8 1/2
18 January 2017

Largo Baracche

see also

trailer

click on the images to download them in high res

Largo Baracche

original title:

LARGO BARACCHE

directed by:

cast:

Carmine Monaco, Giovanni Savio, Mariano Di Giovanni, Giuseppe Schisano, Luca Monaco, Gennaro Masiello, Antonio De Vincenzo

cinematography:

editing:

Paco Centomani, Simona Infante

country:

Italy

year:

2013

film run:

70'

format:

HD - colour

aspect ratio:

1:1.69

status:

Ready (29/09/2014)

festival & awards:

The Spanish Quarter in Naples is a maze of alleys, squares, Baroque churches, and the “bassi”, the poor, teeming residential area behind Via Roma, the main thoroughfare. Yet the quarter is culturally far removed from the heart of the city: it’s a world of its own, in which the young people spend their days looking for something lift them out of their condition. Their lives are punctuated by the sounds of gunshots that echo in their memories and those of their loved ones. Carmine, Giovanni and Mariano are kids who are the product of this social fabric woven of crime and poverty. They share a common need to release their own pent-up energy beyond the confines of their own ‘hood.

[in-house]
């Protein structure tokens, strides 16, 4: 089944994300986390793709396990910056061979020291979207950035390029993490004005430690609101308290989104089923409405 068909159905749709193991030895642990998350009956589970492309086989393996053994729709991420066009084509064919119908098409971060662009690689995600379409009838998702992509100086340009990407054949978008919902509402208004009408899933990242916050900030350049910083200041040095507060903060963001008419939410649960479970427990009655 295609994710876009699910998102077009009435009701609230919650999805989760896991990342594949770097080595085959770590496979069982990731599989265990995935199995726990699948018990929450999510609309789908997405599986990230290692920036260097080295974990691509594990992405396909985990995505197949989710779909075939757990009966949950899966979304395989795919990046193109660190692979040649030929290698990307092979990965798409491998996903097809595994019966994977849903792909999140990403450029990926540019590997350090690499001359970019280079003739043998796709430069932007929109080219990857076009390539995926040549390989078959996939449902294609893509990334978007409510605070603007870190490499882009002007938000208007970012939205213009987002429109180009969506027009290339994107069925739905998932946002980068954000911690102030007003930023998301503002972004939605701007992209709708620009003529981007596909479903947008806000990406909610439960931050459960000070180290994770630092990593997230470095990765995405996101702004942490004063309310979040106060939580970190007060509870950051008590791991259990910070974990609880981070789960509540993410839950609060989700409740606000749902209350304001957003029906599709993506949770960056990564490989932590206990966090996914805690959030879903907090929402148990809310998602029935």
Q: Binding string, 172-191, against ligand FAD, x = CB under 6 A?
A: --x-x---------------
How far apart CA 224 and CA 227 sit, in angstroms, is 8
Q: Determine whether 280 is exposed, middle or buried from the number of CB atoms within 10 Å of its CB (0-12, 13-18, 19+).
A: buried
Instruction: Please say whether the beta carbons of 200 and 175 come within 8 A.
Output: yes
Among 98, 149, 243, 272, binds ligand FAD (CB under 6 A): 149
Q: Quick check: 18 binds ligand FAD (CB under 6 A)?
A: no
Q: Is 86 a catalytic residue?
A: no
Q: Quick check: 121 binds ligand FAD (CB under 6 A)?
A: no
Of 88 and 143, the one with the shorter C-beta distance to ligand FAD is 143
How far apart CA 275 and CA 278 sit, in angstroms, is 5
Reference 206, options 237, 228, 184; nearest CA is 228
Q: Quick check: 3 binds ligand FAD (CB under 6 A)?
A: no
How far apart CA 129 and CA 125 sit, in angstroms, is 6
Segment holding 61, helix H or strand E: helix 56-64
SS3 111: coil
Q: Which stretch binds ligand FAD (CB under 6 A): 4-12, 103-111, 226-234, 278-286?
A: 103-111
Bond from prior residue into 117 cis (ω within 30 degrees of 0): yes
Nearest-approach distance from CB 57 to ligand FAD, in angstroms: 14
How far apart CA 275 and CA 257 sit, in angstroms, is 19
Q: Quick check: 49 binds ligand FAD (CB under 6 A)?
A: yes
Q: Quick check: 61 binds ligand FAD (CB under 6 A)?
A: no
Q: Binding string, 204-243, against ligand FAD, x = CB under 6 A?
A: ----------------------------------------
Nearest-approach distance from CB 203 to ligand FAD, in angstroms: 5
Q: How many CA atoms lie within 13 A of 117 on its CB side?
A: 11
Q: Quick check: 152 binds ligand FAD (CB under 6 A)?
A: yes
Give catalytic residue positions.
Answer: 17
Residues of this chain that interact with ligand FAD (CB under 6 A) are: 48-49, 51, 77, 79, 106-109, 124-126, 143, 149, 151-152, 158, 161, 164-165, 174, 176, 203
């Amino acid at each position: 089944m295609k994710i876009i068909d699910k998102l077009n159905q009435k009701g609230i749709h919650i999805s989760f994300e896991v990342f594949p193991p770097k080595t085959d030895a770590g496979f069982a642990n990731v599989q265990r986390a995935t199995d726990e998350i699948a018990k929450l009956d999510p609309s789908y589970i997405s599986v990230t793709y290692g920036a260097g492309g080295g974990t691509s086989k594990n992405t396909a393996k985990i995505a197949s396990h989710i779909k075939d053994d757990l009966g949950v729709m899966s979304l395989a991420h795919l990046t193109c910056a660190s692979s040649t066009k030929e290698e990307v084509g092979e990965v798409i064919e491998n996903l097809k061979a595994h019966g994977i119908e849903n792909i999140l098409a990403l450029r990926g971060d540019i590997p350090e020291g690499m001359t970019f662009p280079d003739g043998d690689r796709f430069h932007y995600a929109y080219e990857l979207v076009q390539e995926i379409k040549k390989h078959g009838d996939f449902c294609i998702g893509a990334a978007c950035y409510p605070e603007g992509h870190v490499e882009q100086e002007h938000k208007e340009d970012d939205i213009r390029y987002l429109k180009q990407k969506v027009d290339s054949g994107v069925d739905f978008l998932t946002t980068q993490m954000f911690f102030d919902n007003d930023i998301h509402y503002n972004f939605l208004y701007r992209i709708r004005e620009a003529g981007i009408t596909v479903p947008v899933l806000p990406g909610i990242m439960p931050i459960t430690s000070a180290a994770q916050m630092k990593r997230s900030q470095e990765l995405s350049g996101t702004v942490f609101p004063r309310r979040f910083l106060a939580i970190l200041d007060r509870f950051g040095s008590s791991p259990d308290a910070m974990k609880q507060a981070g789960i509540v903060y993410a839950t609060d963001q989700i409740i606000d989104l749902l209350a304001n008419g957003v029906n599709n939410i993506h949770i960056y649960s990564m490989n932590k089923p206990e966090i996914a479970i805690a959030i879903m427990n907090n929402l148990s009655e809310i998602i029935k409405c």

DIRECTOR'S STATEMENT:
The Spanish Quarter is in the middle of Naples, but as remote from it as Scampia, the Sanità or all those areas that are “marginalized”, an over-used word which means almost nothing any more. And yet it does mean something: it means a lot to those who experience firsthand the daily madness of being ‘branded’, disparaged, just because of where they live, even inside their own city. I’ve seen how they’re treated differently, and I see it again today, in the eyes of the kids I interview. Mariano, Carmine, Giovanni and the others: their lives exploding around them, their eyes speaking volumes though they don’t say a word. They’ve got the same dreams as others their own age. A job, a family to take to the beach in the summer, friends to meet up with for a chat after dinner. In the Spanish Quarter, life stands still at times. In the “bassi”, the women stand outside talking about the same things every day, and our kids greet them every time, knowing full well what they’re talking about: their concerns for the future of the young people and the roads they will take.